The Scientology-Based "Re-Education" Program for American Prisoners


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The Scientology-Based "Re-Education" Program for American Prisoners.

The Influence: The Scientology-Based "Re-Education" Program for American Prisoners, Sponsored by Goldman Sachs

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A few years ago, Abe Bergman’s 19-year-old son was court-ordered into a residential treatment program in Washington State for co-occurring mental illness and “substance abuse.” After he’d been in the program about a week, Bergman called and asked: “Can I come visit my son?”

The person he spoke to, a counselor, said: “No, he hasn’t earned enough points yet.”

“I thought,” Bergman says, “with someone with mental illness, wouldn’t it be good to have their family there? They said, ‘No. We run something call Moral Reconation Therapy here.’”

Bergman, a retired pediatrician and faculty member at the University of Washington, never was able to visit his son. He wondered, what was this mysterious-sounding “Moral Reconation Therapy” (MRT)? The term bugged him. It sounded like “trying to invent new words that don’t mean anything, but imply a certain specialness.”

So he talked to “six or seven mental health professionals—psychiatrists.” He asked them, “Do you know about MRT?”

None of them did.

He called the person who then ran the mental health office for Washington State. They’d never heard of it.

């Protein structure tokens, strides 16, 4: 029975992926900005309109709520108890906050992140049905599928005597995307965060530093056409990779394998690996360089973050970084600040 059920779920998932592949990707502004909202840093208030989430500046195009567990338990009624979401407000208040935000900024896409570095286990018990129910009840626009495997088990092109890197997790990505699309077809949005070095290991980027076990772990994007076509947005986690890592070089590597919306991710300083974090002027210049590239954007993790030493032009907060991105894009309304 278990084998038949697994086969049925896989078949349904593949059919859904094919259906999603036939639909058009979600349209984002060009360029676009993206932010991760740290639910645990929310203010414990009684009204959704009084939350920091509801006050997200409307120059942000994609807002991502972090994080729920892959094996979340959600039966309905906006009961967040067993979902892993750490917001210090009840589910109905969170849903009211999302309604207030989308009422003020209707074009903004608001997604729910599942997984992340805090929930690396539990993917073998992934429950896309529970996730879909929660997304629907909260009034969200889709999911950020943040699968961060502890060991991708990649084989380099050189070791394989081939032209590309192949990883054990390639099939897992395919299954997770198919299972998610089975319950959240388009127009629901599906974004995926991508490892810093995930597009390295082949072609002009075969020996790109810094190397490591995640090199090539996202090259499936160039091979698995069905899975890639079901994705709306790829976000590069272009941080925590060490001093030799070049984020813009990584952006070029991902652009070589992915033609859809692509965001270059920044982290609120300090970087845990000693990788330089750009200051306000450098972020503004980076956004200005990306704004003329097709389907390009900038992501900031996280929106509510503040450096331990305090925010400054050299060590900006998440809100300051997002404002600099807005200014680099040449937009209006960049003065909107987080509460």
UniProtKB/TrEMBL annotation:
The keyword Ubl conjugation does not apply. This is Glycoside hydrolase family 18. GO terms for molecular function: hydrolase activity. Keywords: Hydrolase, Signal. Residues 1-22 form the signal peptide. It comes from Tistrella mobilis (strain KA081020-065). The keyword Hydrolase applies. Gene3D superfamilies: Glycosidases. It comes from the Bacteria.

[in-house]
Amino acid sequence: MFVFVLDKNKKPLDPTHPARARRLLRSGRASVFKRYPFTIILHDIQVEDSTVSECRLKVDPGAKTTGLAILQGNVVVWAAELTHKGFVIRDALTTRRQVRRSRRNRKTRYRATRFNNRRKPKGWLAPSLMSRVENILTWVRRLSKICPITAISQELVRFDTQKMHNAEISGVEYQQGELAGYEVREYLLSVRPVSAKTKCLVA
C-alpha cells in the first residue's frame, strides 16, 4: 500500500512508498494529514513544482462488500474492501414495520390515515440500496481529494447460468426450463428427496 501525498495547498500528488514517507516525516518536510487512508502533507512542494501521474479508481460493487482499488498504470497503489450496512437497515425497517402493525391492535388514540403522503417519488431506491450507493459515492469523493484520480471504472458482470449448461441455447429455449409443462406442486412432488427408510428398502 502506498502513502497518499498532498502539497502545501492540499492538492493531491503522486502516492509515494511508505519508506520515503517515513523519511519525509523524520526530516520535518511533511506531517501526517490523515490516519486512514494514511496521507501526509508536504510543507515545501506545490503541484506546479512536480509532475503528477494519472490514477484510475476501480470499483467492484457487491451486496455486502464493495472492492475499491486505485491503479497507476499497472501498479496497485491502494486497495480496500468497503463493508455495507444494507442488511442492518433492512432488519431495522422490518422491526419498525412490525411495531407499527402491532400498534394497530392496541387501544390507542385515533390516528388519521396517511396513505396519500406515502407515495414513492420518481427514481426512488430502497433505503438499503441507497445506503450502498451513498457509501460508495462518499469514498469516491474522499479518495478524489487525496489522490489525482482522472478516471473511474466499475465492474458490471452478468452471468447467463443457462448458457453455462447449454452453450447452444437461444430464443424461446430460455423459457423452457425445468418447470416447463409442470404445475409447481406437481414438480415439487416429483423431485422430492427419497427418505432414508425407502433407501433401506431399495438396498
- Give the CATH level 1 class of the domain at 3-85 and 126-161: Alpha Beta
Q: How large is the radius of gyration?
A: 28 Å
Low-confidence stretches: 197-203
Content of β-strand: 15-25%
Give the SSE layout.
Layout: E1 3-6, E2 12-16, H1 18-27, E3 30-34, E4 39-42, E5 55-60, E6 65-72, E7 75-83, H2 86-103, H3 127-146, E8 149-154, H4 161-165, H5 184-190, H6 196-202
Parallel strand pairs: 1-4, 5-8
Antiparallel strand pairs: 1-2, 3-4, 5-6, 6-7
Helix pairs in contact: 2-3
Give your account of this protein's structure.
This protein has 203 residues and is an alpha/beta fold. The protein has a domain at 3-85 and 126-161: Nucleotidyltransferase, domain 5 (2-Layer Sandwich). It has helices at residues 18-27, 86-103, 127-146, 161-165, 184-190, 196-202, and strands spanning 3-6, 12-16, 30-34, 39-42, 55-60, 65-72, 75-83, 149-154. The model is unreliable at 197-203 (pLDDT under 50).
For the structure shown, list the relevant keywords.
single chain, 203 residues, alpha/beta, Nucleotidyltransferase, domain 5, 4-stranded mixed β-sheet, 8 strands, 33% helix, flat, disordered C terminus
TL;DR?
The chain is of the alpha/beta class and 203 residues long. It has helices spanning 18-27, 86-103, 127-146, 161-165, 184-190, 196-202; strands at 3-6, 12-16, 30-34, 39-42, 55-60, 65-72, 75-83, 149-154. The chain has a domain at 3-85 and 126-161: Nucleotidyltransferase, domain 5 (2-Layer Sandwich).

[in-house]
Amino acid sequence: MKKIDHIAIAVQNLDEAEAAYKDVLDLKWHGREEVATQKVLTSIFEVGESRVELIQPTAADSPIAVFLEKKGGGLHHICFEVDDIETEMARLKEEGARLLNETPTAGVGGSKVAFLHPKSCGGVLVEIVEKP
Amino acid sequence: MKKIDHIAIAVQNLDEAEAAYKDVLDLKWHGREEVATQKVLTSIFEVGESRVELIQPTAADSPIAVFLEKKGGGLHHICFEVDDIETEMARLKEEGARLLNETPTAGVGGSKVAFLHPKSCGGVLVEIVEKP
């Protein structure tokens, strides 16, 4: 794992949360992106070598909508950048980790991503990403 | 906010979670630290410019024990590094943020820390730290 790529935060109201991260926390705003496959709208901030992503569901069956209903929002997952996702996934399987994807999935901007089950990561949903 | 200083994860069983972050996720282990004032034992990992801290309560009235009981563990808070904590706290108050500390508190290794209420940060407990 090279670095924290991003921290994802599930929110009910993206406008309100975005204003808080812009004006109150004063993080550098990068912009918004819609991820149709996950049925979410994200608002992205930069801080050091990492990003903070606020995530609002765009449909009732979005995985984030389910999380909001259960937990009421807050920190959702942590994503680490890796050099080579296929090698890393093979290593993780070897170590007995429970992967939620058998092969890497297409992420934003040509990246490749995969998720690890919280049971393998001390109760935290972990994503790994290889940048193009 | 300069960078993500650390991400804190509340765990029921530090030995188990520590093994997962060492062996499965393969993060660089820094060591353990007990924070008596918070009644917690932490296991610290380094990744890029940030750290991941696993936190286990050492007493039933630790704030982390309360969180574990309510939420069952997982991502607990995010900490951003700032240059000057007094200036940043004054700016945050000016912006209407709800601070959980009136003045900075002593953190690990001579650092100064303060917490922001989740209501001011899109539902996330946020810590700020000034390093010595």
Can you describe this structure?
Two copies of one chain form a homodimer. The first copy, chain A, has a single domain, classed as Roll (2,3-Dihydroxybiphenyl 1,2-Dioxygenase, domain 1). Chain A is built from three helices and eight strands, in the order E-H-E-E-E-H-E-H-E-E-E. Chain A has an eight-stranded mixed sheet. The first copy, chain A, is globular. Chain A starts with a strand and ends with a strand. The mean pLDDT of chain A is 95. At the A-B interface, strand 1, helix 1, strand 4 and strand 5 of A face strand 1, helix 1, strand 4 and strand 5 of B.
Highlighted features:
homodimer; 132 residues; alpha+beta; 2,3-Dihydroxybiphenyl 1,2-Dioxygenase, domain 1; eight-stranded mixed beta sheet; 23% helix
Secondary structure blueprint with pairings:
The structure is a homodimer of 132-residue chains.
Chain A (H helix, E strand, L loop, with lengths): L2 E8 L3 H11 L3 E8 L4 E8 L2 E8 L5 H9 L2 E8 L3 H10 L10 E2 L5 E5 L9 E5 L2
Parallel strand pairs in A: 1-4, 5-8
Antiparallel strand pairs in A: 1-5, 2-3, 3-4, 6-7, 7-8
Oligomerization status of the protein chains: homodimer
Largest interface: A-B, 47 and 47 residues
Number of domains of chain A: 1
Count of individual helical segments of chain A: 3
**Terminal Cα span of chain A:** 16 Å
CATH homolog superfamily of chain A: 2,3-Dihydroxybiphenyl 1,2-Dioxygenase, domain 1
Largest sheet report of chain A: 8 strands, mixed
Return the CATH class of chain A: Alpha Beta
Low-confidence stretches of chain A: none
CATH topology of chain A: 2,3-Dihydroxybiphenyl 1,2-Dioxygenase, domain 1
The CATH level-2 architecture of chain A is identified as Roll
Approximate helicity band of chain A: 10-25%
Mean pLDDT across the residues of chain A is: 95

Finally, he talked to someone who worked in the criminal justice system. They’d heard of it, because MRT is used widely—according to the website of Correctional Counseling, the company that promotes and sells MRT—“in parole and probation, with juvenile offenders, in schools, halfway houses, drug treatment programs, jails, and venues covering the entire range of corrections.” It can also be employed “anywhere there’s substance abuse,” as someone associated with the program, who didn’t want their name used, told me.

In fact, according to the website, it is the primary drug treatment used in the US criminal justice system. MRT is used in all 50 states, and in six other countries besides the US. It’s on SAMHSA’s (Substance Abuse and Mental Health Services Administration) National Registry of Evidence-based Programs and Practices, which helps states, community-based organizations and others identify recommended service models.

John D. Berg, M.Ed., LCPC, is a public health advisor with the criminal justice team at SAMHSA. He says that MRT is “one of the most commonly used [treatments] within drug courts because it fits well with criminal justice-involved clients we serve.”

Correctional Counseling says that its treatment has been administered to more than 1 million “offenders.”

So what is Moral Reconation Therapy? And why has no one outside of the prison system heard of it?

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Semantics and Scientology